Currency Convertibility: The Gold Standard and Beyond

By Jorge Braga De Macedo; Barry Eichengreen et al. | Go to book overview

COMMENT
Gianni TonioloThe papers by Reis, dos Santos, Mata and Valério can easily be read, and discussed, together: in fact, they seem to form the core of a comprehensive monetary history of Portugal. Or at least that is how I see them: my comments will be framed accordingly.From the authors' accounts-particularly that by Mata and Valério-the monetary history of modern Portugal appears to be broadly divided into nine main periods.
1. The opening gambit or 'first to join' move.
2. The gold standard years (1854-91).
3. The 1891-92 crisis (which, however, I would argue should be seen as part of the previous period).
4. A series of attempts at price and exchange rate stabilization (1891-1918).
5. Inflation and devaluation (1919-28).
6. Stabilization (1928-31).
7. Pegging (1931-45).
8. First mimicking, then joining the Bretton Woods Agreements (1945-74).
9. Inflation and stabilization (1974-90).
Reis and dos Santos deal with the two major pre-World War II episodes of exchange rate stabilization, while the other two authors take the long-run approach.Jaime Reis has produced a very clear and informative paper, to which I can add very little. He sees three main causes for the success of monetary stabilization and the introduction of (gold) convertibility in 1854:
1. a shift in world prices that made Portuguese bimetallism untenable, given the high legal ratio of silver to gold price, and the attendant realization (by 1853) that the problem would not disappear;
2. the fact that the problem of inconvertible paper money began to find a viable solution;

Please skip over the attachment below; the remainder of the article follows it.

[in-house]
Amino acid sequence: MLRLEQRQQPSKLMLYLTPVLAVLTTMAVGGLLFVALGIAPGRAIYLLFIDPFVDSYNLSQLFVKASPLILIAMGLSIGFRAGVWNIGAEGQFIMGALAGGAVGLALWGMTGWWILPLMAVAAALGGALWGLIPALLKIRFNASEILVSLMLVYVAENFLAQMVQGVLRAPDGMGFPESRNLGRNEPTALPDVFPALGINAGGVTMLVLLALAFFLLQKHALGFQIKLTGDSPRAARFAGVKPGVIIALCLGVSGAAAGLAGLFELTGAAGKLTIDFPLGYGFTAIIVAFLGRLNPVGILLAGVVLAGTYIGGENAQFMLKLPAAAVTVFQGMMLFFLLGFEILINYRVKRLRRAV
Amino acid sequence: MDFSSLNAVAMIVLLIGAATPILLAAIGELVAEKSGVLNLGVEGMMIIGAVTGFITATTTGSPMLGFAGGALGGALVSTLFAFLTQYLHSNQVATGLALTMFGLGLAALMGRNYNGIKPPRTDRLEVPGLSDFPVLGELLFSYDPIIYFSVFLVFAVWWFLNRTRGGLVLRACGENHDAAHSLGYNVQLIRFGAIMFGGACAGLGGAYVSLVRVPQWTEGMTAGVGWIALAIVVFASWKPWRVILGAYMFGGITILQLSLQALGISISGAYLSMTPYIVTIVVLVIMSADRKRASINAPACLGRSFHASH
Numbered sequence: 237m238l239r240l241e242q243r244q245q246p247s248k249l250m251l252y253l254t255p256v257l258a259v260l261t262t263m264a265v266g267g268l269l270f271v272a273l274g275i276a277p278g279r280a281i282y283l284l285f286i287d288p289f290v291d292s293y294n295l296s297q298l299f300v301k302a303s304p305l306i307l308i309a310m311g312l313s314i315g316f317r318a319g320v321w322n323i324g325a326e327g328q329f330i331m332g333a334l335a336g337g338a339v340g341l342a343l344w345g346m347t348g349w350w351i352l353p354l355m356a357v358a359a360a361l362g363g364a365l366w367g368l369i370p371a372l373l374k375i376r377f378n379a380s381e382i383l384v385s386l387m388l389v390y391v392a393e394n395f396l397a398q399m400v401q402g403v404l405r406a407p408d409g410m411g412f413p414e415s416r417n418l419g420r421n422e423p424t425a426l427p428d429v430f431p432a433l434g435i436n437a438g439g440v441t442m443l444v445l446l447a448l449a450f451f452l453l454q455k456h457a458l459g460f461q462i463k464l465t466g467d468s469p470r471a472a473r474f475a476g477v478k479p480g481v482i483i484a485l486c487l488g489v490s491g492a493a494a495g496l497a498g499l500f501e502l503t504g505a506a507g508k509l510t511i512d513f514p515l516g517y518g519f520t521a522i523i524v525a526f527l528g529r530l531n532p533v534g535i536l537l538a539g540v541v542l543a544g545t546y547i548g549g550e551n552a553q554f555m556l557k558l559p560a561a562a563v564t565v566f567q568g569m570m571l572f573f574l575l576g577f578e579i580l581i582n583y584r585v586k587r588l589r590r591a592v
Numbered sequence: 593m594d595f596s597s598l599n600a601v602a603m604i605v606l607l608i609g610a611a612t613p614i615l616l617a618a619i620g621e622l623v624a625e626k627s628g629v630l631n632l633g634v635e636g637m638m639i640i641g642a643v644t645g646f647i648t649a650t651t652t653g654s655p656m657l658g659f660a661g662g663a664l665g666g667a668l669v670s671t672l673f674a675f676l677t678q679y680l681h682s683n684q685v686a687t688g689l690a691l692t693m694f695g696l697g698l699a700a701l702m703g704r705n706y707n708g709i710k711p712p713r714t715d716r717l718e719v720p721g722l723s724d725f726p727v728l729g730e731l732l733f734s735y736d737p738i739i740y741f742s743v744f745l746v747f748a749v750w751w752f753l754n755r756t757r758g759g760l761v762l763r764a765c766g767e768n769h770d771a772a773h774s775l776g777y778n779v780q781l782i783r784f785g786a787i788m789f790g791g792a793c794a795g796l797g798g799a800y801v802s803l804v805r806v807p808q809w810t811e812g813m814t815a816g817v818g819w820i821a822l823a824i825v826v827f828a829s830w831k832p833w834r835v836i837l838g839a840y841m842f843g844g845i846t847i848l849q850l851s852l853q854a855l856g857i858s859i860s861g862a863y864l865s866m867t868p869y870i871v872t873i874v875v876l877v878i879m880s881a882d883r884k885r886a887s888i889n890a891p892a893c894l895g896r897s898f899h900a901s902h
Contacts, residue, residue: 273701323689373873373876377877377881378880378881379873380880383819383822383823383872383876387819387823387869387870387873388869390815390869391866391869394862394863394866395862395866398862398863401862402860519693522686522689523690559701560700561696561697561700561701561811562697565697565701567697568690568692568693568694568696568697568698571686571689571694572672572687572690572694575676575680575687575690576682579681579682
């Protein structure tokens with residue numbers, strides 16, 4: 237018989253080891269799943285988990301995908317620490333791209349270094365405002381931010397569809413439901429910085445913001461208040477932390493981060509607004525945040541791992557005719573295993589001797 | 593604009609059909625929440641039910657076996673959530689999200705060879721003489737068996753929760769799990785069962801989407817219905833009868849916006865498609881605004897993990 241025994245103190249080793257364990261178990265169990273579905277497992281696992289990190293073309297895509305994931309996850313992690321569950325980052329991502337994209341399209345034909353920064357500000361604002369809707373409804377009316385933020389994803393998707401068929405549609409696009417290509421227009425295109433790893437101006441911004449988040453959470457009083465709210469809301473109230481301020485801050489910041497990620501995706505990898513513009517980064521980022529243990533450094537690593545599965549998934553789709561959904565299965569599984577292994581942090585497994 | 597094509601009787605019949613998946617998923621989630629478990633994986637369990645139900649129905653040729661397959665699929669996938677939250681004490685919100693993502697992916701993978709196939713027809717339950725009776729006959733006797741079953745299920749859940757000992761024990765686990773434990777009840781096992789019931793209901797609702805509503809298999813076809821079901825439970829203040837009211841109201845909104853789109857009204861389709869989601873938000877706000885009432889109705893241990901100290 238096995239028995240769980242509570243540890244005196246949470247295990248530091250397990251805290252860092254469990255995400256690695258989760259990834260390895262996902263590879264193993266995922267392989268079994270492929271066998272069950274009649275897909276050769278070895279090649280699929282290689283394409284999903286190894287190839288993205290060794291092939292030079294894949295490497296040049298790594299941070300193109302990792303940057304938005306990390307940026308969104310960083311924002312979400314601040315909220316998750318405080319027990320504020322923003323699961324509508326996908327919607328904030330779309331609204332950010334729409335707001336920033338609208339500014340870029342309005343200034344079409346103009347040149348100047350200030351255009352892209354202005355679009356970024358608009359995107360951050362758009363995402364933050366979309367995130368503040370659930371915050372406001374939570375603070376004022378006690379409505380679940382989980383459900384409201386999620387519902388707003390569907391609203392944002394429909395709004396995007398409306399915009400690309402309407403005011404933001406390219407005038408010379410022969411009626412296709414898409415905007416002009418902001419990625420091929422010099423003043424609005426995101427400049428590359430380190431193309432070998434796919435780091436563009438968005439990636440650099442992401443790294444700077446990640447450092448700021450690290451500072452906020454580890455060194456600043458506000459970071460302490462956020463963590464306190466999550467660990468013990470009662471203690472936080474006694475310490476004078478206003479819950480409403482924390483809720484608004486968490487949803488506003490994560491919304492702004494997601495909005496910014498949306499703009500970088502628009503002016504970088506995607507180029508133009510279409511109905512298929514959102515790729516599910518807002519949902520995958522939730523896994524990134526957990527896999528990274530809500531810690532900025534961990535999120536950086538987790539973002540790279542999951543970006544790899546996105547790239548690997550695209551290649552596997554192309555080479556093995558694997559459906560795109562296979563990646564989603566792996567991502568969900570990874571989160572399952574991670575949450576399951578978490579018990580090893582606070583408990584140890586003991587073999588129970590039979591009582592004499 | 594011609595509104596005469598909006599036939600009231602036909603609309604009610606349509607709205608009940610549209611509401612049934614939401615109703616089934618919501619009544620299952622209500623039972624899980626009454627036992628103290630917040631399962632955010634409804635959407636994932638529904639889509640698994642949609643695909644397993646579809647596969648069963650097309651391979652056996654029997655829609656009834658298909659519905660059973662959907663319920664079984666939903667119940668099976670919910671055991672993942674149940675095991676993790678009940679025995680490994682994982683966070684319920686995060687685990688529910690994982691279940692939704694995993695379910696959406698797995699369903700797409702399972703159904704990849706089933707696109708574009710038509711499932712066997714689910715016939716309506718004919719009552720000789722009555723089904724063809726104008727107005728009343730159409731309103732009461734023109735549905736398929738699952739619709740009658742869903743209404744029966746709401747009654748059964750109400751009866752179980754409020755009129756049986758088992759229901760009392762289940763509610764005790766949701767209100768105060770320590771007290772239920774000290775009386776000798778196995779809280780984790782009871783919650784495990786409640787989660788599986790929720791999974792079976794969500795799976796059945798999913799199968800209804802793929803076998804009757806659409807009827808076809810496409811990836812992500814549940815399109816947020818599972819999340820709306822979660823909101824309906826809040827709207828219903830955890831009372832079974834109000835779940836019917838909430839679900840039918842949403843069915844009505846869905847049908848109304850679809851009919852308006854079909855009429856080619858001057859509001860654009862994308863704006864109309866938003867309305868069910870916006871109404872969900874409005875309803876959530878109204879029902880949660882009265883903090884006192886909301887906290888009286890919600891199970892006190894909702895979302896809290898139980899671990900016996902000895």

3. the virtuous role played by expectations once the monetary reform became a likely eventuality.

-233-

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Currency Convertibility: The Gold Standard and Beyond
Table of contents

Table of contents

  • Title Page iii
  • Contents v
  • Figures vii
  • Tables ix
  • Preface xiii
  • Part I - Overview 1
  • 1 - Introduction 3
  • 2 - The Operation of the Specie Standard 11
  • Part II - Myths and Realities of the Gold Standard 85
  • 3 - The Origins of the Gold Standard 87
  • 4 - Short-Term Capital Movements Under the Gold Standard 102
  • 5 - The Geography of the Gold Standard 113
  • Comment 144
  • Comment 151
  • Part III - Portuguese Currency Experience 157
  • 6 - First to Join the Gold Standard, 1854 159
  • 7 - Last to Join the Gold Standard, 1931 182
  • 8 - Monetary Stability, Fiscal Discipline and Economic Performance 204
  • Comment 228
  • Comment 233
  • Part IV - Implications for Europe in the 1990s 239
  • 9 - Converging Towards a European Currency Standard 241
  • Index 266
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